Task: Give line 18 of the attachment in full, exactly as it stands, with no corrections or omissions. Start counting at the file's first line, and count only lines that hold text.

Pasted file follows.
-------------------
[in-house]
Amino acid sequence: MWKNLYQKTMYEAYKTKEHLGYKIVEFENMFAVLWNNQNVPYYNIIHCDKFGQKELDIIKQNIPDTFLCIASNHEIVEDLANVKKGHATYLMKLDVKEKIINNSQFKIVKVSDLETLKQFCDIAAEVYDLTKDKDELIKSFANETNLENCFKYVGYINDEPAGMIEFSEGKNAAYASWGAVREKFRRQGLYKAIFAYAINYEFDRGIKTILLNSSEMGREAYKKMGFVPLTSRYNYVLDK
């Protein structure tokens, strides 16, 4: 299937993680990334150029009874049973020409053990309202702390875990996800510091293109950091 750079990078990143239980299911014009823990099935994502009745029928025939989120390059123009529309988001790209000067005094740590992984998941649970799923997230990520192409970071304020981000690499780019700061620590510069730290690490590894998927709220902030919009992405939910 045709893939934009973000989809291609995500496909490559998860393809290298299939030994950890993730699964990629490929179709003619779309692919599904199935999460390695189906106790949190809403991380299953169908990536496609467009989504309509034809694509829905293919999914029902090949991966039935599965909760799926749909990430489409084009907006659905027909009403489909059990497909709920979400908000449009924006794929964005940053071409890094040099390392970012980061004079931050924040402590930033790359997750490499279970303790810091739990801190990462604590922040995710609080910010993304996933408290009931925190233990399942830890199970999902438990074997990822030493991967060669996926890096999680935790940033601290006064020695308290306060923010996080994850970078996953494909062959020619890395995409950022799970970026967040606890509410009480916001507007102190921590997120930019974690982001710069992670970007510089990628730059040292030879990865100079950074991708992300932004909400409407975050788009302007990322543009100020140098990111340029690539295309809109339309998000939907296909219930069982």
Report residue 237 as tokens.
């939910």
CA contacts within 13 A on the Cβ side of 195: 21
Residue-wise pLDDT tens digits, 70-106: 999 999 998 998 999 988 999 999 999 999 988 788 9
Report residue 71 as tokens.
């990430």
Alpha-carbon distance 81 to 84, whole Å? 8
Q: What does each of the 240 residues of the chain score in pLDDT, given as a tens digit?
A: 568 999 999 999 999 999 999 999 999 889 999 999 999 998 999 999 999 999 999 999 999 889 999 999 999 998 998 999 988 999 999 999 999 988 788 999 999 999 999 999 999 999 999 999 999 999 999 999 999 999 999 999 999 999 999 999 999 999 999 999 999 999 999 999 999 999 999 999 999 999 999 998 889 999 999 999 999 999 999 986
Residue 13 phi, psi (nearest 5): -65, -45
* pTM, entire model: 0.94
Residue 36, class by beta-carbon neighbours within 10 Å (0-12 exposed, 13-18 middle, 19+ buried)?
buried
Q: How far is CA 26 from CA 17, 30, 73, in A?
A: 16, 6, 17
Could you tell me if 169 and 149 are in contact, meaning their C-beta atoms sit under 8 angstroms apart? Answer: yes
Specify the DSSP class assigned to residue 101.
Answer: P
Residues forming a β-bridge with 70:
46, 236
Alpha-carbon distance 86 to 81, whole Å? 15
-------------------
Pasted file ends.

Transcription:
A: 16, 6, 17